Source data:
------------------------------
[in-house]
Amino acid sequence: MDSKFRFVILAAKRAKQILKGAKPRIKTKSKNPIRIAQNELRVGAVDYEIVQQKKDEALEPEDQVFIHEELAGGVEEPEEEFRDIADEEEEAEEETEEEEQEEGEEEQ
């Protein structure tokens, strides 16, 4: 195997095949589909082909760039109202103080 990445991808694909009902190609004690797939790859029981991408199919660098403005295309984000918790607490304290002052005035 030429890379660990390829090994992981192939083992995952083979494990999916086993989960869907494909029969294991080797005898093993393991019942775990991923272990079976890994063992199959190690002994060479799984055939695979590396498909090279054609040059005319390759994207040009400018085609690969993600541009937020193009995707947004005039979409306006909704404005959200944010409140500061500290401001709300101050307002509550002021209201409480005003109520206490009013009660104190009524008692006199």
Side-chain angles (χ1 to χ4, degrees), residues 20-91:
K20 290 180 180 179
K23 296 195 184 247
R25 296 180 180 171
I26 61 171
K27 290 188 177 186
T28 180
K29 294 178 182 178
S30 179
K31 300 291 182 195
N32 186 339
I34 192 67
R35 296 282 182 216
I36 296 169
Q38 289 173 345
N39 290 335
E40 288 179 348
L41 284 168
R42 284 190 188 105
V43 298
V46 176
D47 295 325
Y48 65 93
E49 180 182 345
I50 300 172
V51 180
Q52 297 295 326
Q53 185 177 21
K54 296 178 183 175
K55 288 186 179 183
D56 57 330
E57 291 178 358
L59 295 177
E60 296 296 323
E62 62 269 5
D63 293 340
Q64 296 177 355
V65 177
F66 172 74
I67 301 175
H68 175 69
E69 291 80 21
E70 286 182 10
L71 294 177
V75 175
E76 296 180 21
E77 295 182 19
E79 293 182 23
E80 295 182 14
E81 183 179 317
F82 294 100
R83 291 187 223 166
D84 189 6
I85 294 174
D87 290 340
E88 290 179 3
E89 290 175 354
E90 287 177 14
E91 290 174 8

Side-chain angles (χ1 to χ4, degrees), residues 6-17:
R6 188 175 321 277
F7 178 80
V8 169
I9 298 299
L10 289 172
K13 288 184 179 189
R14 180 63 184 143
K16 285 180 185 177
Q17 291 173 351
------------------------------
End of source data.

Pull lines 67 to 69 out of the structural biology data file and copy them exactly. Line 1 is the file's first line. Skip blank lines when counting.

I9 298 299
L10 289 172
K13 288 184 179 189